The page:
The inspiration for this story is a gorgeous folk song, Galway to Graceland, by Richard Thompson. Despite originally receiving permission from his music production company to publish, I have left off the lyrics to the song that complete the story and recommend you find a copy of the song instead...

To Be With The King

She dressed in the dark and whispered Amen. The bedroom is moonlight grey but Sally is pretty and pink like a young girl again. She crouches at the foot of the bed, her knees pop and crack under the strain. She slides out her suitcase. Until yesterday, all it had contained for twenty years since her honeymoon were a pair of woodlice shells and a single sock zipped into the lining compartment. There had been no time to wonder what had happened to its partner.

She glances up at Seamus. He lies uncovered and naked despite the night’s chill; turning the quiet night air into noise through his cavernous nose while the vast dome of his belly rises and falls in time. She knows where those twenty years have gone: Seamus swallowed them whole, one by one, gorging himself on them without ever being satisfied. No, she thinks, she won’t miss him and she says under her breath ‘not one little bit’.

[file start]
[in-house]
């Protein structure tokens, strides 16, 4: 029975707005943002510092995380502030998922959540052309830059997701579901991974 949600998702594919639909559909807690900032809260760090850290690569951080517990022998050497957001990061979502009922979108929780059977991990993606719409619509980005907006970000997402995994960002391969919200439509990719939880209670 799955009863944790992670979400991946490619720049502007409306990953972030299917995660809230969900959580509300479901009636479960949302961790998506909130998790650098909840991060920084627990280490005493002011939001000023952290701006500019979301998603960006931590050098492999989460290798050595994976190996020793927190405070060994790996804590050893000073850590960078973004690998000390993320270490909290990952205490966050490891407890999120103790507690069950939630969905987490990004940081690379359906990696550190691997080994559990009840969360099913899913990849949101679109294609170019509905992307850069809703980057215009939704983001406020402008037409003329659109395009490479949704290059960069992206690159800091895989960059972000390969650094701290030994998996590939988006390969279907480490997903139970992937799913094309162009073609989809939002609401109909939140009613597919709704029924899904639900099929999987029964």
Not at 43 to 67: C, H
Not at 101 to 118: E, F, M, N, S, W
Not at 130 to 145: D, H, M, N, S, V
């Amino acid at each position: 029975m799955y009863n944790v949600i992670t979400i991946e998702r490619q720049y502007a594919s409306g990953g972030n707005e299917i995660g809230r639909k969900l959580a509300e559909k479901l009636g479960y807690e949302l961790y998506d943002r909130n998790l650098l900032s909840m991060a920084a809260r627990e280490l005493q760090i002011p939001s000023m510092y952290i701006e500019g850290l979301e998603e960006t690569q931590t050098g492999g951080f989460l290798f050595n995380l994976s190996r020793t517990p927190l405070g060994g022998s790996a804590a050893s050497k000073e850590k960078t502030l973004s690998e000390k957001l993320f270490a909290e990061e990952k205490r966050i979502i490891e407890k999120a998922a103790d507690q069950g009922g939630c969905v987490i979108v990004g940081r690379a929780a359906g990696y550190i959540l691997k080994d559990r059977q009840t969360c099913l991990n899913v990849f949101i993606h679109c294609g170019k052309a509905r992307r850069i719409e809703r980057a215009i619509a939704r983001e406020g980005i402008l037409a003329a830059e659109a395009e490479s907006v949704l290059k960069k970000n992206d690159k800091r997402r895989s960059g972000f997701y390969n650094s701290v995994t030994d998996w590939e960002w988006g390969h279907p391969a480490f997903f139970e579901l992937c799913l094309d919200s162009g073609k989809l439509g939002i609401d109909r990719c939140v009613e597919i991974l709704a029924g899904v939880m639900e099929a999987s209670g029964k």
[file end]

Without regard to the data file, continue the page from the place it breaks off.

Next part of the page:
The truth was that Sally was in love with another man and everyone knew it. It was Love the night she first caught sight of him at the local picture house; he was larger than life. Larger than her life. She felt like the only woman on earth when he looked at her and he soon became all she could talk about. From the hairdresser’s to the butcher’s Sally would swoon over her lover’s latest movements. Father O’Reilly had sat patiently as Sally had giggled her way through her daily confessions of impure thoughts. His eyebrows, on his otherwise immobile face, often dived down the centre of his nose in disapproval but they had once shot up so far they almost slid over his bald head.